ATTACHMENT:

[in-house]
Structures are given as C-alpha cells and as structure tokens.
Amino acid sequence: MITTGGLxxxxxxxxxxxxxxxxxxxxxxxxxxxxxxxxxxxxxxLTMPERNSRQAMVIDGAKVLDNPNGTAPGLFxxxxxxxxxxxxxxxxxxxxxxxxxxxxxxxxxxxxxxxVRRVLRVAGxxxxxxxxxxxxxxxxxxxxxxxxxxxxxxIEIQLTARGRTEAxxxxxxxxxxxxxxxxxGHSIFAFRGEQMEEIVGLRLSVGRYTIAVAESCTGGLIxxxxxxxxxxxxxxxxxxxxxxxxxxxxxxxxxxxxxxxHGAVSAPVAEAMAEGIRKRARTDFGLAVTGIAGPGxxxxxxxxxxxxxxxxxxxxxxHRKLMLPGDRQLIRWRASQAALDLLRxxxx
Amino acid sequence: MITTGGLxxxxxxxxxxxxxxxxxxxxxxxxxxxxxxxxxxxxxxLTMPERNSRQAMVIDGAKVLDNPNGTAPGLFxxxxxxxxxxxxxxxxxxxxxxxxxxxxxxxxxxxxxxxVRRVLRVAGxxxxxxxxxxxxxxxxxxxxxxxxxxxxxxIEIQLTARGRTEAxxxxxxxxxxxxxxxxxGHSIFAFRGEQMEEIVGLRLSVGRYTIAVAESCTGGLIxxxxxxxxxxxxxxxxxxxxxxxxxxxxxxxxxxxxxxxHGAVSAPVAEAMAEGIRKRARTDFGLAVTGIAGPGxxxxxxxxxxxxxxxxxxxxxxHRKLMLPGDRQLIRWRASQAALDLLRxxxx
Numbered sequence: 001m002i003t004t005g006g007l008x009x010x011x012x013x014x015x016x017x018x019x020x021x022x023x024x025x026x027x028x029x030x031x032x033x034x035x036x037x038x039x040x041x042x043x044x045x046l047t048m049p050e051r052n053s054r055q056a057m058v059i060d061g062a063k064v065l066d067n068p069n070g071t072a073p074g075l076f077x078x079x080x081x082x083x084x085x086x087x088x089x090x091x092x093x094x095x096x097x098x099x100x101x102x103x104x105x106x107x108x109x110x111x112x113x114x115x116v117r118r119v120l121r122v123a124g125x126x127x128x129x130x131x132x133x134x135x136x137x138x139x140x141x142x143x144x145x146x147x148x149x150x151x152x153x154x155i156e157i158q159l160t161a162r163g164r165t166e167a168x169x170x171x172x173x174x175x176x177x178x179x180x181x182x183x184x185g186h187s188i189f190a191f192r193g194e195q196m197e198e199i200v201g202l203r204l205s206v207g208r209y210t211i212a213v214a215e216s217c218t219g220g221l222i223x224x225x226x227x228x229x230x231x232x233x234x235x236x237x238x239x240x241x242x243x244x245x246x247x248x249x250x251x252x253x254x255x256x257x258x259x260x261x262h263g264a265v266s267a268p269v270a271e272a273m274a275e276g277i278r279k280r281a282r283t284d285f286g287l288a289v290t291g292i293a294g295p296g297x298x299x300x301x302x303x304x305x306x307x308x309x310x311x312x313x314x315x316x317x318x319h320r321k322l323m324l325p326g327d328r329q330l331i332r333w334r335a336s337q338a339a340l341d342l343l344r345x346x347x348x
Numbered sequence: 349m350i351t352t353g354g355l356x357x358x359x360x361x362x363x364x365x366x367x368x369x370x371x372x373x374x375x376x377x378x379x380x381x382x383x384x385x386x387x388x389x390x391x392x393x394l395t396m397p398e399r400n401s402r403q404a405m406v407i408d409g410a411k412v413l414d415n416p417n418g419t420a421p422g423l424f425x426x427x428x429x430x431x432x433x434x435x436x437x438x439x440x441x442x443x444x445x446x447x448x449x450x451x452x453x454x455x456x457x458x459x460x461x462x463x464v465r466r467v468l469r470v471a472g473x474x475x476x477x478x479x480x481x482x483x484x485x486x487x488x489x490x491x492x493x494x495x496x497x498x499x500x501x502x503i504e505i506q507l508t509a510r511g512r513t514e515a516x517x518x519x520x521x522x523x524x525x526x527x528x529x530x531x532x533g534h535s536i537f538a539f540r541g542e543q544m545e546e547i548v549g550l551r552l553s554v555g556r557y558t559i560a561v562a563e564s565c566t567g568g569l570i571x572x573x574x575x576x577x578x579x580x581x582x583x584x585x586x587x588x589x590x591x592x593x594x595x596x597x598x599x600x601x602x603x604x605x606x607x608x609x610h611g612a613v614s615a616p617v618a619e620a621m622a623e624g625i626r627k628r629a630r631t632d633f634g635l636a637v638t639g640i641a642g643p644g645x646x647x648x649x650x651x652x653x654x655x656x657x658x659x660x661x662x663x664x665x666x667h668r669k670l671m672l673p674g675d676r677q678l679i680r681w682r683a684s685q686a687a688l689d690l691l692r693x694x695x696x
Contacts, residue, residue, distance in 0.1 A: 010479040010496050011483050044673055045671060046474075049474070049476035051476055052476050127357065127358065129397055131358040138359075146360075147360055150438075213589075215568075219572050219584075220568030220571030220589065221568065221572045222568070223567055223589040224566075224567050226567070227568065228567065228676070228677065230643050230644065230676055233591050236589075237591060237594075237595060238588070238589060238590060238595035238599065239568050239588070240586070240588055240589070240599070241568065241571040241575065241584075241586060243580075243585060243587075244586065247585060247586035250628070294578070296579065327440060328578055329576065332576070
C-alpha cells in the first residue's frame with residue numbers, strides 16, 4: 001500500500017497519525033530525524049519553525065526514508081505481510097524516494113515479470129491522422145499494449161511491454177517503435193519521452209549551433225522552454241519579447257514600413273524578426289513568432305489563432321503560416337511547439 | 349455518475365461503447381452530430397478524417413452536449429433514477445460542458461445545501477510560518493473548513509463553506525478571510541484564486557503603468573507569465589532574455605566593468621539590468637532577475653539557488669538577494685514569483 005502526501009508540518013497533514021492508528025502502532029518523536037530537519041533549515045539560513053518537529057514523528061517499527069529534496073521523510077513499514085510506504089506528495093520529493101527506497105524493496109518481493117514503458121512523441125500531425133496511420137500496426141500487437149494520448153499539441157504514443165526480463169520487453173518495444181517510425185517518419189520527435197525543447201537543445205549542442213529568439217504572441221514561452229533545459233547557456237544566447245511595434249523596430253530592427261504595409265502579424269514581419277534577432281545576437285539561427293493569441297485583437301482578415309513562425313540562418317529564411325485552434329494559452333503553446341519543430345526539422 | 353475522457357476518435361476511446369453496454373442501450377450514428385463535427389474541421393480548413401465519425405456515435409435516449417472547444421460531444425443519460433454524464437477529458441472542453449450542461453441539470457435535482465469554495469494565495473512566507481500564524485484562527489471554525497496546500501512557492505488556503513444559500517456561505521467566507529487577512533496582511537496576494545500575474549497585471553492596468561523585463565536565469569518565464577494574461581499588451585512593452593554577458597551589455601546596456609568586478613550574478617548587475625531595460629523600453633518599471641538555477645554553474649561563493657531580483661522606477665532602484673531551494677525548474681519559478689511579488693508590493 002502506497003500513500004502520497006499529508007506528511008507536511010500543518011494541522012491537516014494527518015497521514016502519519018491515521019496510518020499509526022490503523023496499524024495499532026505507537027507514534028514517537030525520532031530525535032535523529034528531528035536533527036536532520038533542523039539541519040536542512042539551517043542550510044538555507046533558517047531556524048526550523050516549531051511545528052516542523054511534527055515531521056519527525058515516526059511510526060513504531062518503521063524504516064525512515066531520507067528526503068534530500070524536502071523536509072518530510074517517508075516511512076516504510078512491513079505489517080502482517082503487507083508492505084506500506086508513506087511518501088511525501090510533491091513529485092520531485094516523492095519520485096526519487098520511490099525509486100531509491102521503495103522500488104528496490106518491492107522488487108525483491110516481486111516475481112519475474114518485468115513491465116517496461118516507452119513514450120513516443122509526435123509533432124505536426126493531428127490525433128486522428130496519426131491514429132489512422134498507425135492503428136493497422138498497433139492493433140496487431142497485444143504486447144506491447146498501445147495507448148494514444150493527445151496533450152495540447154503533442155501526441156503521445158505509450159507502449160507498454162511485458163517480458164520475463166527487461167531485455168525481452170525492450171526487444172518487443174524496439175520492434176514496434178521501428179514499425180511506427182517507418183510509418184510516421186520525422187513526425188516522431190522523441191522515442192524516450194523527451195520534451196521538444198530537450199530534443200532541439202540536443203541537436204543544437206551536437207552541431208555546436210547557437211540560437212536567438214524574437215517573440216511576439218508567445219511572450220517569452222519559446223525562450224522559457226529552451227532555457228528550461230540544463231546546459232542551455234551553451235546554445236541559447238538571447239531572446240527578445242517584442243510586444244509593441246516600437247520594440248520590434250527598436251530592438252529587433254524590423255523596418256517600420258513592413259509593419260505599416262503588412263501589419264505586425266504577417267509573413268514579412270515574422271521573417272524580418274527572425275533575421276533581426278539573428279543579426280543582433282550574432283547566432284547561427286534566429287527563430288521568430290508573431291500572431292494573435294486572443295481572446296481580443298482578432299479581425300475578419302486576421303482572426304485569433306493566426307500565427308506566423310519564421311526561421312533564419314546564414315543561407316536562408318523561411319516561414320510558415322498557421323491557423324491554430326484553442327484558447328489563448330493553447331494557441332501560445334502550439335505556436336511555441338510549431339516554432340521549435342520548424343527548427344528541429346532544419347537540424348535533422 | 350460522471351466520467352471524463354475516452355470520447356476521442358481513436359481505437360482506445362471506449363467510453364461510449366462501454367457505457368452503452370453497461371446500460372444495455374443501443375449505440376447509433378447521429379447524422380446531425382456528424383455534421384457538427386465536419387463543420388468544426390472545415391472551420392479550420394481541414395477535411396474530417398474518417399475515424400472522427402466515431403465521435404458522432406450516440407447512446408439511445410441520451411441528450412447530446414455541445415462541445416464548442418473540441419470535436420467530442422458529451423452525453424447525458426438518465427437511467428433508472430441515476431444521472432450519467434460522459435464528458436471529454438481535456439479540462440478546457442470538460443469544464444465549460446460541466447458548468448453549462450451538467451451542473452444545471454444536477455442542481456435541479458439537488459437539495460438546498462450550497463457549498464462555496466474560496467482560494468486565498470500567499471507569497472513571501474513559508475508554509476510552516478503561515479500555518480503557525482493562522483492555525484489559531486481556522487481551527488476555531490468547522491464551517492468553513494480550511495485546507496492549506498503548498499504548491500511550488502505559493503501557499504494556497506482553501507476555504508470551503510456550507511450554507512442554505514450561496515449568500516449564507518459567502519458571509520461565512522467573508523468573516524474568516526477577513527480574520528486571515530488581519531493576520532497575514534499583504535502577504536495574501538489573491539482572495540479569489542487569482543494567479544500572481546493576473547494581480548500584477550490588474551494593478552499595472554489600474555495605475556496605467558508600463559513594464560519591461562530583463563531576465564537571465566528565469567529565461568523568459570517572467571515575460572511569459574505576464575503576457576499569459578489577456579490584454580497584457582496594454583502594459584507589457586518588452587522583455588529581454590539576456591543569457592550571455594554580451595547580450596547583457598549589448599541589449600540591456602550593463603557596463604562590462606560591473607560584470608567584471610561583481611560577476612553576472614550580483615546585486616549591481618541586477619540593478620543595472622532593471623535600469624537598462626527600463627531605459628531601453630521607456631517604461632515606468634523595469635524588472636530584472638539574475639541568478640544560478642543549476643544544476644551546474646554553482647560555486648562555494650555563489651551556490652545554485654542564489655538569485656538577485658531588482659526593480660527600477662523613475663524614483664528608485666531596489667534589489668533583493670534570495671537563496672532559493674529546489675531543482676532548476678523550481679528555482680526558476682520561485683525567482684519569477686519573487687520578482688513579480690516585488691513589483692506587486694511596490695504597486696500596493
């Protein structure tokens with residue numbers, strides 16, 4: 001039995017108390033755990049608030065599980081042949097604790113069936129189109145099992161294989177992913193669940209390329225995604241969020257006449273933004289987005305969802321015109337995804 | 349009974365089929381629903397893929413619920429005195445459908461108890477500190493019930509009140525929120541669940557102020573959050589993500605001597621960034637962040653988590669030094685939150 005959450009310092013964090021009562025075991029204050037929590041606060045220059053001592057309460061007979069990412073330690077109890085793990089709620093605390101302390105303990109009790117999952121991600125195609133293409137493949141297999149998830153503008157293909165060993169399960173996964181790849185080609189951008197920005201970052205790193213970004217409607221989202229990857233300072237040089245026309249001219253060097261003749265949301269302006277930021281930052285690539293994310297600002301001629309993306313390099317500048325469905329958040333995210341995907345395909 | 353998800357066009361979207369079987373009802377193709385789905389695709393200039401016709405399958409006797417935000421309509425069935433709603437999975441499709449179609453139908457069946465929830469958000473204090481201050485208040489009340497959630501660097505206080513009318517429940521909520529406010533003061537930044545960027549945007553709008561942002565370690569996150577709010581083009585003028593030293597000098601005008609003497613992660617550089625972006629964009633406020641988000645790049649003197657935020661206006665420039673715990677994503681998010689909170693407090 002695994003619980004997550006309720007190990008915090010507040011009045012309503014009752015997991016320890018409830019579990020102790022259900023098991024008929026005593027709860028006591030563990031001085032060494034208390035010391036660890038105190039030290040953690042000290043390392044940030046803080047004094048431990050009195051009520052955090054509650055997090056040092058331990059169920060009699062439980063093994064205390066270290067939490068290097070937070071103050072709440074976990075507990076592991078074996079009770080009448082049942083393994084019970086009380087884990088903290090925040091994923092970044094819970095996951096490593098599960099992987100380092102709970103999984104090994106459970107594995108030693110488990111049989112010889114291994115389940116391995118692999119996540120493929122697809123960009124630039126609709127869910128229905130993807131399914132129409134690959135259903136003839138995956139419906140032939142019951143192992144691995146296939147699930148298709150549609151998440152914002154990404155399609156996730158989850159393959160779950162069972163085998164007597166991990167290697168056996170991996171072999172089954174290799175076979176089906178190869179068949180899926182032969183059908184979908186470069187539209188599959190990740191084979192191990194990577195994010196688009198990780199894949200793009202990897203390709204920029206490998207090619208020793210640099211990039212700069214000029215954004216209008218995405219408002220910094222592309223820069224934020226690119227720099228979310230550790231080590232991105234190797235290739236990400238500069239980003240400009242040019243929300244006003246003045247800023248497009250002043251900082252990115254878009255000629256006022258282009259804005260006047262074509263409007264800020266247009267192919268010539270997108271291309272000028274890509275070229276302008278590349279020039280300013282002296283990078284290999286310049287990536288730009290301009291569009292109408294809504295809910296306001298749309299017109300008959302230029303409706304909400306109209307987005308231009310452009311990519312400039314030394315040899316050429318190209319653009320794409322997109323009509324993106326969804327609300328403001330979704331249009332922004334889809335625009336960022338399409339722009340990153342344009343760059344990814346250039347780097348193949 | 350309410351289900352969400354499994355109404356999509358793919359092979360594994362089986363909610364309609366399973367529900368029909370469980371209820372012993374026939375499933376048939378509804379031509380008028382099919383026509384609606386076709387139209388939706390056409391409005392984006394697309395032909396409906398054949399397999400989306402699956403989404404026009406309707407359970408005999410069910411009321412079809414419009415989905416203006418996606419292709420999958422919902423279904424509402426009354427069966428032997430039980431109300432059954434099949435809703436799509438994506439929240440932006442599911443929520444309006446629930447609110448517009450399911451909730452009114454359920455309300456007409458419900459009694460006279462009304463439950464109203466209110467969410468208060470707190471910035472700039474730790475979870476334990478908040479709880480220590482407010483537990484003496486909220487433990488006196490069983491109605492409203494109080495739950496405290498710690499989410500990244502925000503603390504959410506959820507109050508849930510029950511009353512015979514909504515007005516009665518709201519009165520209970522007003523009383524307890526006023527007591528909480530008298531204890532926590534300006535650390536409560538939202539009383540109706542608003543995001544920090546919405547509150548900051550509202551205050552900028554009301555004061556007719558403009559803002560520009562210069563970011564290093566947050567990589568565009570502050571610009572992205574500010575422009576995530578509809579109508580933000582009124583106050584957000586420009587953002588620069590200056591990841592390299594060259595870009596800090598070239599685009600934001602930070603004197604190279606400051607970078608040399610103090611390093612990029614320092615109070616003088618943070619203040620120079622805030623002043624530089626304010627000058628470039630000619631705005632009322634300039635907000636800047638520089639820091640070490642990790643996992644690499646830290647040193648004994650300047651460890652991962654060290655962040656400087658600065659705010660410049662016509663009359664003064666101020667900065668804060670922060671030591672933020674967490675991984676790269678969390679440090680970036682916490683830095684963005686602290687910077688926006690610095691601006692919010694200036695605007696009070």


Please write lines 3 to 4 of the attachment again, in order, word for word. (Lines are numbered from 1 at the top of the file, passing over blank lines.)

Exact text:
Amino acid sequence: MITTGGLxxxxxxxxxxxxxxxxxxxxxxxxxxxxxxxxxxxxxxLTMPERNSRQAMVIDGAKVLDNPNGTAPGLFxxxxxxxxxxxxxxxxxxxxxxxxxxxxxxxxxxxxxxxVRRVLRVAGxxxxxxxxxxxxxxxxxxxxxxxxxxxxxxIEIQLTARGRTEAxxxxxxxxxxxxxxxxxGHSIFAFRGEQMEEIVGLRLSVGRYTIAVAESCTGGLIxxxxxxxxxxxxxxxxxxxxxxxxxxxxxxxxxxxxxxxHGAVSAPVAEAMAEGIRKRARTDFGLAVTGIAGPGxxxxxxxxxxxxxxxxxxxxxxHRKLMLPGDRQLIRWRASQAALDLLRxxxx
Amino acid sequence: MITTGGLxxxxxxxxxxxxxxxxxxxxxxxxxxxxxxxxxxxxxxLTMPERNSRQAMVIDGAKVLDNPNGTAPGLFxxxxxxxxxxxxxxxxxxxxxxxxxxxxxxxxxxxxxxxVRRVLRVAGxxxxxxxxxxxxxxxxxxxxxxxxxxxxxxIEIQLTARGRTEAxxxxxxxxxxxxxxxxxGHSIFAFRGEQMEEIVGLRLSVGRYTIAVAESCTGGLIxxxxxxxxxxxxxxxxxxxxxxxxxxxxxxxxxxxxxxxHGAVSAPVAEAMAEGIRKRARTDFGLAVTGIAGPGxxxxxxxxxxxxxxxxxxxxxxHRKLMLPGDRQLIRWRASQAALDLLRxxxx